Wednesday, June 27, 2012


Video can be found on YouTube --

Uploaded by on Aug 1, 2009

Lija has its origins in prehistory as is evident from the Megalithic tombs unearthed in 1967. However, the present village derives from the elevation to parochial status in the late 16th century. Residents amount to over three thousand.

Lija is best known for its oranges and citrus fruit, for its beautiful feast held on the 6th of August and for its famous pyrotechnics.

All Three Villages of Attard, Balzan and Lija, lay within the parish boundaries of Birkirkara. Like Attard and Balzan,

Lija is a quaint village with old, narrow, winding roads and contains numerous old, large country residences, many of which have seen a variety of historical events.

Villa Preziosi was used by the French troops during their invasion.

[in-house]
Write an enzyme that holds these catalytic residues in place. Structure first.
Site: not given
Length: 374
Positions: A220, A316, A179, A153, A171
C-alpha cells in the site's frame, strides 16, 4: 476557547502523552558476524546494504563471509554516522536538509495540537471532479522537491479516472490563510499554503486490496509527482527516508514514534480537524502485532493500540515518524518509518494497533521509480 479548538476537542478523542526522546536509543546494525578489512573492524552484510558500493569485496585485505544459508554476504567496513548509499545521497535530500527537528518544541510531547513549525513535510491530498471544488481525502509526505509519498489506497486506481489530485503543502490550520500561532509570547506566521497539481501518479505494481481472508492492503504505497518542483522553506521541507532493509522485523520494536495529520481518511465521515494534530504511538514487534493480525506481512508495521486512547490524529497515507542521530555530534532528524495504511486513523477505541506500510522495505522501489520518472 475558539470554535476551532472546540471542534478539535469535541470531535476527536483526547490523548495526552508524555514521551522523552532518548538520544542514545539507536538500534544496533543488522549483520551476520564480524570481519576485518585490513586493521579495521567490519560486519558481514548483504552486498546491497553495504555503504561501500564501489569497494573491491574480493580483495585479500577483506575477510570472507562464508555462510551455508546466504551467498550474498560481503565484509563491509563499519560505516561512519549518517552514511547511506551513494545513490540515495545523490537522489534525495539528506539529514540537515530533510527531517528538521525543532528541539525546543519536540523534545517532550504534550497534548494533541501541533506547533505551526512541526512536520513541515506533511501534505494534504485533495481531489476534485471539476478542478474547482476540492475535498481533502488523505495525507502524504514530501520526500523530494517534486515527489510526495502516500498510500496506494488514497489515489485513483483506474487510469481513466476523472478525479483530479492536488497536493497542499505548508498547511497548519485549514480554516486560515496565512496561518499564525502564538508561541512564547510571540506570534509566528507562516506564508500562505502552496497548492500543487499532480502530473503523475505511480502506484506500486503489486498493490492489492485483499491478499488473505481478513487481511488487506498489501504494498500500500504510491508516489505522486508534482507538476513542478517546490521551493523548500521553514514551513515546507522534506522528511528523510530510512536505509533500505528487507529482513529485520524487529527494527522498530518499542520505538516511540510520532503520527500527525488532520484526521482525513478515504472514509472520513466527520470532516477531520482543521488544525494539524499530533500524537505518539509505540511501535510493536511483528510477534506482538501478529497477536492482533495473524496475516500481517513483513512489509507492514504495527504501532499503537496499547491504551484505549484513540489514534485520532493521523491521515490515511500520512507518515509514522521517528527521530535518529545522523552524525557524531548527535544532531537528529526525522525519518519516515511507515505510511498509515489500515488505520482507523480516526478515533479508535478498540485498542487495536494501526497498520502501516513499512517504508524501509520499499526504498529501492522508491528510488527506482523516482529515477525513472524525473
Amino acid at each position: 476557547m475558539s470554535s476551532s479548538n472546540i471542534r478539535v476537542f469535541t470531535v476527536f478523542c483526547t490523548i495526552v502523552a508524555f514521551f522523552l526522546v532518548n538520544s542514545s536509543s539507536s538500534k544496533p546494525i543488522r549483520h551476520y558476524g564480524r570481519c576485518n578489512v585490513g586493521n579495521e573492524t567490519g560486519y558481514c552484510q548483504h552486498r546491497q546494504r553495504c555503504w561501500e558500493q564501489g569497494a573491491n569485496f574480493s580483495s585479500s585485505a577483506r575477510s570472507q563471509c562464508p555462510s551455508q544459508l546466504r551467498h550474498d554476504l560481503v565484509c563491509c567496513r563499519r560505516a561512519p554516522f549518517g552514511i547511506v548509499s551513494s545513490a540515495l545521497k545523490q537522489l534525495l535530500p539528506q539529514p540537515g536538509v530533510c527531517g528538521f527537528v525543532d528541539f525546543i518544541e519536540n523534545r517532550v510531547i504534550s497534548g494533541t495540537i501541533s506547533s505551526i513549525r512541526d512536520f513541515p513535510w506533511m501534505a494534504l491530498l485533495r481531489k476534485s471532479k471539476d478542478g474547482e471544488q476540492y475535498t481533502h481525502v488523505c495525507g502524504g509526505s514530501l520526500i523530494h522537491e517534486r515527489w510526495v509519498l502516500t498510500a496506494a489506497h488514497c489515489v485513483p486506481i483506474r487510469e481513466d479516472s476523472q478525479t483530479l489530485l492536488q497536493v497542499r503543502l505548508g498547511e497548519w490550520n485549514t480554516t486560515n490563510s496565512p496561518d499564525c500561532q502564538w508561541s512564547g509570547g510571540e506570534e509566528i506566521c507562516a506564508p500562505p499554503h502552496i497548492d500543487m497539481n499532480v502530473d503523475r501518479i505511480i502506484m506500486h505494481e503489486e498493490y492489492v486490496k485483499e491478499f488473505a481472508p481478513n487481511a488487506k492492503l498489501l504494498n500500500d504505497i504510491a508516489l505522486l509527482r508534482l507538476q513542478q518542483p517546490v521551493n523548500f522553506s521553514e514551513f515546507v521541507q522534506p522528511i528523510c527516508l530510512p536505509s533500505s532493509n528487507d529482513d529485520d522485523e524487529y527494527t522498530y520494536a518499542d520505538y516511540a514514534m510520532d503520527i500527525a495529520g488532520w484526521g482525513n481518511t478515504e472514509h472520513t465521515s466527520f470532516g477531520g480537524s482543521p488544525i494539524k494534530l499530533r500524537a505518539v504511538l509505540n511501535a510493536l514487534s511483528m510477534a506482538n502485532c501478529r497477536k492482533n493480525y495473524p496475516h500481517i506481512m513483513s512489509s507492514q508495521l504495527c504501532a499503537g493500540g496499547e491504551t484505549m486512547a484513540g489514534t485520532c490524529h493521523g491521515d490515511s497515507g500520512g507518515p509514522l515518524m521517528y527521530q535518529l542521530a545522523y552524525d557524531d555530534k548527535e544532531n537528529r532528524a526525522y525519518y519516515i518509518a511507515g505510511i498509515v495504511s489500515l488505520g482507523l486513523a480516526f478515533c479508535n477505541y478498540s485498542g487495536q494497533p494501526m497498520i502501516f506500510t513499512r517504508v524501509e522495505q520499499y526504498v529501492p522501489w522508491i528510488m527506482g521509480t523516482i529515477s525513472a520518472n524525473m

In 1837, a time when primary education was introduced in Malta, Lija was among the first to have its own school being situated in one of the large houses adjacent to San Anton Gardens.

Main Clubs of Lija are: Band Club Papa San Piju X - Sir Ugo Mifsud Street; St. Andrija Club - Bakery Street;
Saint Michaels Firework Factory and Ghaqda ta L-armar tal-Festi - Parish Church.

This is part one of the series, "The Three Villages" which lay in the centre of Malta.

Photos by Choy Hong (Jasmine) Grech
Video by Alfred & Jasmine Grech, Mosta, Malta

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Welcome to BACK to MALTA blog!

There are more Maltese outside the Maltese Islands than there are citizens residing in the country itself. The Maltese outside Malta are either emigrants or descendents of emigrants. The countries which have most traditionally hosted the Maltese diaspora are Australia, Canada, the U.S.A., and Britain. Nevertheless, there are Maltese living in virtually every country around the world and this blog will travel the world in hopes of bringing the Maltese back to Malta.

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